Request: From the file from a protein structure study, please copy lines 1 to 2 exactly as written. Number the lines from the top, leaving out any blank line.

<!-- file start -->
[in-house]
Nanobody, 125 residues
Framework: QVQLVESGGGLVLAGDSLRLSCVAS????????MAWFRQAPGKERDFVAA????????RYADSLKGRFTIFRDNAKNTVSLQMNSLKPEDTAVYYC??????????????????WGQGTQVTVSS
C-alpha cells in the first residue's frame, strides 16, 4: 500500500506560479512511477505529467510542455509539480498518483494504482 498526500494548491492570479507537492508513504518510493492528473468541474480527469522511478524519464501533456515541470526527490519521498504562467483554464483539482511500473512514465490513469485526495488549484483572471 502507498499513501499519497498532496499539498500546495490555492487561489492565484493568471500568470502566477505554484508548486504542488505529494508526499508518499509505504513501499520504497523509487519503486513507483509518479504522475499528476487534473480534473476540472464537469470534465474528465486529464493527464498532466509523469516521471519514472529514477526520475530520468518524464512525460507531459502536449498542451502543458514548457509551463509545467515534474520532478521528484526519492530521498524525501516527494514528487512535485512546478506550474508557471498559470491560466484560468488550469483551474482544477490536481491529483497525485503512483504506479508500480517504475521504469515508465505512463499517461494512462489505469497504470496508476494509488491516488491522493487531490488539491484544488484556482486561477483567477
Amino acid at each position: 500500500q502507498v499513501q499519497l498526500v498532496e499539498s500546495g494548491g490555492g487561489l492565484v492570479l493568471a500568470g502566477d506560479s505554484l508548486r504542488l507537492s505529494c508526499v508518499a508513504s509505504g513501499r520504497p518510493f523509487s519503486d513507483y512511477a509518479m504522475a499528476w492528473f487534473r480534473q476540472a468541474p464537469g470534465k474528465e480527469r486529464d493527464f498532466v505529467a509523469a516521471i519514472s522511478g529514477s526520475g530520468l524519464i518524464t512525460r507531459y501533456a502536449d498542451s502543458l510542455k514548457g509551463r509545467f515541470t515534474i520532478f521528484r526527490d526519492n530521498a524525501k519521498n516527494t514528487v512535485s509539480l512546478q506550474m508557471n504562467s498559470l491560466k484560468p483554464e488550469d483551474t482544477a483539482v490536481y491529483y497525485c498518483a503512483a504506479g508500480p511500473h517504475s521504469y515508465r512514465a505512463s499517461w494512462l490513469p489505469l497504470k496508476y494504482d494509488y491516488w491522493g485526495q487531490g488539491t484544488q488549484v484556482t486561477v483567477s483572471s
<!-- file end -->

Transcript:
[in-house]
Nanobody, 125 residues